Housing, Dick's Shrinkage, & More
Week in Review: Aug. 21-25
Ah, the dog days of summer. With a Republican primary debate, a notable photo op down in Georgia, and a tragic, definitely accidental plane crash in Russia, you probably missed some of the bigger economic news this week. No need to worry; I’ve got the full run down on a week that featured lots of housing stats, near-record high oil production, Dick’s shrinkage problem, and more.
Global Economic Weakness
At the beginning of the year, the consensus was that China’s economy would boom as it reopened from its zero-COVID policy, but that hasn’t been the case. Just the opposite, really. Chinese growth has slowed, retail sales are weak, fertility rates have plummeted, population growth is nonexistent, exports are down, etc. etc.
I won’t go too in depth about why China’s economy is weakening, but the short version is that they’ve been too reliant on real estate for growth, and that sector is no longer growing. Quite the opposite—there is a real estate crisis there, driven by financial challenges led by some of the world’s largest developers like Evergrande and Country Garden.
If you want to take a deeper dive into China’s problems, check out:
The Deep Problems Underlying China’s Economy (The Odd Lots Podcast)
Why China’s economy ran off the rails (Noahpinion)
But it’s not just China. Countries that run trade surpluses, especially with heavy exports to China, are also struggling. Germany’s economy, for instance, is expected to contract this year. More broadly, the outlook for the euro area has deteriorated in recent weeks.
The implication for exceptional Americans is that global demand is weaker than expected, which has and will continue to put downward pressure on numerous commodity prices (think oil, steel) while also threatening U.S. export volumes. I spoke at a steel conference this week and several panelists presume that 2024 will be a year of lower steel prices, with possible recovery in 2025. Meanwhile, oil prices have been struggling to retain an $80 handle.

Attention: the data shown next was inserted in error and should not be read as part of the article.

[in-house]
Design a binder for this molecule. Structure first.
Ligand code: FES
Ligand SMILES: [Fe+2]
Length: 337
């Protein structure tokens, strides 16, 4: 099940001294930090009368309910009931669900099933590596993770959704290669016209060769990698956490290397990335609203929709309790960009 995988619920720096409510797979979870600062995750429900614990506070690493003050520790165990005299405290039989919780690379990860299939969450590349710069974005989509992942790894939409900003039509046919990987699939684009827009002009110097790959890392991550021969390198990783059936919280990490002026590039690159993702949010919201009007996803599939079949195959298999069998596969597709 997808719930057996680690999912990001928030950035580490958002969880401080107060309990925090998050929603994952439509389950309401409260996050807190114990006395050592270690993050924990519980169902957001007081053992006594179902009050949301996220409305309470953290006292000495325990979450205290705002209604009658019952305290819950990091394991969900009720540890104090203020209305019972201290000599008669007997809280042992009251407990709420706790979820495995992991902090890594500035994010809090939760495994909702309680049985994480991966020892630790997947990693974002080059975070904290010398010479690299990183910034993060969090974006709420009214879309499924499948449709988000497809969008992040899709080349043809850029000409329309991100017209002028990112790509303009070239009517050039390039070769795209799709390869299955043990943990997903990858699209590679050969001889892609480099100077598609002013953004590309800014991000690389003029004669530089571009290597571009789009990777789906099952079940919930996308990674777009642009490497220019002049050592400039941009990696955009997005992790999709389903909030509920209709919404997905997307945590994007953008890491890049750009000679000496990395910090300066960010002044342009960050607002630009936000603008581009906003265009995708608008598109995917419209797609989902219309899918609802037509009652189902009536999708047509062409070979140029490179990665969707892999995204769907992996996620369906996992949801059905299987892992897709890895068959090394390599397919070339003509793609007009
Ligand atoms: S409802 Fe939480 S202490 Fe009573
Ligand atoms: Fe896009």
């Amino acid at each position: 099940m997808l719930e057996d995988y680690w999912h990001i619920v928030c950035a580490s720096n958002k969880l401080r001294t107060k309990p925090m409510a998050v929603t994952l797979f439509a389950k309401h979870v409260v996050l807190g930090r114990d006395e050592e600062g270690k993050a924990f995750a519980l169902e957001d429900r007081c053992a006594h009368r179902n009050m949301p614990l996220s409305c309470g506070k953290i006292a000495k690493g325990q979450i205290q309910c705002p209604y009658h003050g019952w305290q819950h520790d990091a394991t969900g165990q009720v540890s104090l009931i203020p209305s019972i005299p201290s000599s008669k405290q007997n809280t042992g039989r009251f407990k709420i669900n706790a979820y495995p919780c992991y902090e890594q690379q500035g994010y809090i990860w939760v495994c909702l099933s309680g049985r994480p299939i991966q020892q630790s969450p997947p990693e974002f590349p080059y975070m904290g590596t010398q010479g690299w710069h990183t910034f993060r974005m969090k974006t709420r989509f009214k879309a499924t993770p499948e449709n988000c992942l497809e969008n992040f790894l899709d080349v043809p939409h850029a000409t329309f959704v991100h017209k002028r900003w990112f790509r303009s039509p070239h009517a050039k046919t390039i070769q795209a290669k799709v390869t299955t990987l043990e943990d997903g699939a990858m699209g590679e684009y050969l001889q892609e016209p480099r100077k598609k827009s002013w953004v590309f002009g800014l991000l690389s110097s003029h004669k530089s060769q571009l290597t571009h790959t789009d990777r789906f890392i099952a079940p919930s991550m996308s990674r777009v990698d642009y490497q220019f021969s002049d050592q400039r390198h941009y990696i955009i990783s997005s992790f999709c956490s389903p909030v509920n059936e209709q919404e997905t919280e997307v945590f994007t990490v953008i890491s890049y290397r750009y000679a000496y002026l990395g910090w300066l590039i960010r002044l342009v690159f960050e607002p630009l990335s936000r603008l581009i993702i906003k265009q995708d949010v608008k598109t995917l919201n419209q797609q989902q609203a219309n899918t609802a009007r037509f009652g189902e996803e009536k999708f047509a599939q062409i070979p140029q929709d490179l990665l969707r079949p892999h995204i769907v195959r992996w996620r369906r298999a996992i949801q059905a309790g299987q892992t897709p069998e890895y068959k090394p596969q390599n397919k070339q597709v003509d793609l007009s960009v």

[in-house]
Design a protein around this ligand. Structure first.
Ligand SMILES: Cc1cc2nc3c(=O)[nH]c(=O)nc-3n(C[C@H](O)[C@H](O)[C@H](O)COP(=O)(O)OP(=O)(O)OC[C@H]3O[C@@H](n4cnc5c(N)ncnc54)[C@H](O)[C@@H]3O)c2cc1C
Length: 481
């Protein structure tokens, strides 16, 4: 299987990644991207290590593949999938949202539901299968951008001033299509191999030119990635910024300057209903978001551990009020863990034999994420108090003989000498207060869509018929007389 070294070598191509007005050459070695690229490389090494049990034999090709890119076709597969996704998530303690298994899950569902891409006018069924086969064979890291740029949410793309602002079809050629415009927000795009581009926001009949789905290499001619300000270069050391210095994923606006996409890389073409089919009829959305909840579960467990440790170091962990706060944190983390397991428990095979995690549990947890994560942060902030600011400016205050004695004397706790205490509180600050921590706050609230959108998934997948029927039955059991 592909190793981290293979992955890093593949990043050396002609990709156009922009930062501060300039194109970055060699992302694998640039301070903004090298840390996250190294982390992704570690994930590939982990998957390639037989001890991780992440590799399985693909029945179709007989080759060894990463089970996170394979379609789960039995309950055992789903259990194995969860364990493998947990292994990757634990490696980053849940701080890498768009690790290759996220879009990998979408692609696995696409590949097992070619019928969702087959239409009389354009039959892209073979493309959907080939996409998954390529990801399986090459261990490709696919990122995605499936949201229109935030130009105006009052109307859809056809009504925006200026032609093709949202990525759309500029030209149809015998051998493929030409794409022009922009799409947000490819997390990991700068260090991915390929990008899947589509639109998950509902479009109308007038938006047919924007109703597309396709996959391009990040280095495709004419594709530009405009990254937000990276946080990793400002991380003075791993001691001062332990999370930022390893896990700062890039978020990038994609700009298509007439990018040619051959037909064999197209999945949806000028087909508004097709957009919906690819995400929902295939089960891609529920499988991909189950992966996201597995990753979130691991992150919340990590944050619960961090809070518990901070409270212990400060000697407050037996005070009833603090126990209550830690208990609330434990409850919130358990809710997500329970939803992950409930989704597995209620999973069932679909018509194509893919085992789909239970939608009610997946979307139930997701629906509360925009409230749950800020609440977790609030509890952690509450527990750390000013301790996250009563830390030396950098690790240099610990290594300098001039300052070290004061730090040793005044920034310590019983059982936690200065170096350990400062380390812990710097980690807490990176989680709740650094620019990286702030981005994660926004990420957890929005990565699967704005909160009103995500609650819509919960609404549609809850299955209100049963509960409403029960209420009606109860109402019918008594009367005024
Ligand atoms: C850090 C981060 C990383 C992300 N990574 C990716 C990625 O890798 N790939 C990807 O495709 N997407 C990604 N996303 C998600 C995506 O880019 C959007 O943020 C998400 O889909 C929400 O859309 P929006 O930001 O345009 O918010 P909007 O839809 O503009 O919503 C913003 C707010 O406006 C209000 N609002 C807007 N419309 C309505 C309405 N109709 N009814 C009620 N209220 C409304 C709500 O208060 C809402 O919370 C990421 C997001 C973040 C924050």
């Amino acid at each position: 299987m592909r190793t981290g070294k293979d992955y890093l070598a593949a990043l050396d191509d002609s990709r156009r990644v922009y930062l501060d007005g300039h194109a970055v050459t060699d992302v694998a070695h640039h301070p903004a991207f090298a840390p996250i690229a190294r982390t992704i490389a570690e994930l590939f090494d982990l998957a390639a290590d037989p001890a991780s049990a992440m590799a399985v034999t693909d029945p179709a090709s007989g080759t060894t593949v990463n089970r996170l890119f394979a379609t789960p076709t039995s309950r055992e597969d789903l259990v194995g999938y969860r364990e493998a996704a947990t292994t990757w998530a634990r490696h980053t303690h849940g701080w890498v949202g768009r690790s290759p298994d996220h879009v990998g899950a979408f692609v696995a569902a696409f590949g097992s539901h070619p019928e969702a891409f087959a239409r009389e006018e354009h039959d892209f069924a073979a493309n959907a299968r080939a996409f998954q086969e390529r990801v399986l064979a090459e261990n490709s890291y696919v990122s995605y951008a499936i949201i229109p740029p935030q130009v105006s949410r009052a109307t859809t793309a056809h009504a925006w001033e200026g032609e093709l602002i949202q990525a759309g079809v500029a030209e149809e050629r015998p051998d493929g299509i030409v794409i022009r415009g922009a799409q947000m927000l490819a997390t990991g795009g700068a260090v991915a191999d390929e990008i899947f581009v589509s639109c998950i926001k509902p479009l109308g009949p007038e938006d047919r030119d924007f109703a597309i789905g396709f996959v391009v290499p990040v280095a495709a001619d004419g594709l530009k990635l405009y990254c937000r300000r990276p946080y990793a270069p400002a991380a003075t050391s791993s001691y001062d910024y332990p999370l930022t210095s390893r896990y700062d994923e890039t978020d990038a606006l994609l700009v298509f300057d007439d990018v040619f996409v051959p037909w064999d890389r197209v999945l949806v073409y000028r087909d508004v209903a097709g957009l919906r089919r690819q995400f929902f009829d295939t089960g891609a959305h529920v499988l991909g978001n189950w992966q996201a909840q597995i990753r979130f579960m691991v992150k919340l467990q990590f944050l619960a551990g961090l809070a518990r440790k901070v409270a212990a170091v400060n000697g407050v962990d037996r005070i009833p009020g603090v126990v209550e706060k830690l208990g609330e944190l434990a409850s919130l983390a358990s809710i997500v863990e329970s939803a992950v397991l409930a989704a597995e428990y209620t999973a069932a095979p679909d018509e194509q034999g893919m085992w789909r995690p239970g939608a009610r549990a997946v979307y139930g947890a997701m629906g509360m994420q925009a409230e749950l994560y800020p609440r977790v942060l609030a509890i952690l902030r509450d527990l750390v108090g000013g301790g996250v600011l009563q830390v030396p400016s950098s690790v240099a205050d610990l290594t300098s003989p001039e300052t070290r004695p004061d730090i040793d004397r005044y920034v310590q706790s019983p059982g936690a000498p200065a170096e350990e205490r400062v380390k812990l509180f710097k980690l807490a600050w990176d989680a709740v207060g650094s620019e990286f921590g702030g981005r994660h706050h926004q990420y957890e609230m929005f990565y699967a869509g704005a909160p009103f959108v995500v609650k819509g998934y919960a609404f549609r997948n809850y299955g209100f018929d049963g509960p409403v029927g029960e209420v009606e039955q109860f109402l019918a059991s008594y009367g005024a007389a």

Thinking Clearly About Crime
Gallup polled Americans about which cities they think are the safest, and Dallas was the clear winner. That’s great news, except it’s not.
In fact, Big D suffered a higher murder rate than New York City, Los Angeles, San Francisco, Seattle, and Boston during the second quarter. As of 2019, Dallas had 775 violent crimes per 100,000 residents, about 44% more than New York City.
This is probably a good time to link to our piece about thinking clearly through partisan politics…
Gas prices increased for the seventh straight week and are now at the highest level since last October.
Diesel prices increased for the fifth straight week, up another $0.02, but are still about $0.50 cheaper than one year ago.
TSA Checkpoint Travel Numbers
Summer might be winding down, but summer travel isn’t. The number of people passing through TSA security during the week ending August 22nd was 3.3% above 2019 levels. This is further evidence of the willingness of consumers to spend, including on sky-high airfares.
Existing Home Sales
Existing home sales declined again in July according to the National Association of REALTORS, down another 2.2%, and are about 17% lower than one year ago. As many have been saying, high interest rates are very bad for home selling.
Dick’s Shrinkage & Other News from Q2 Earnings
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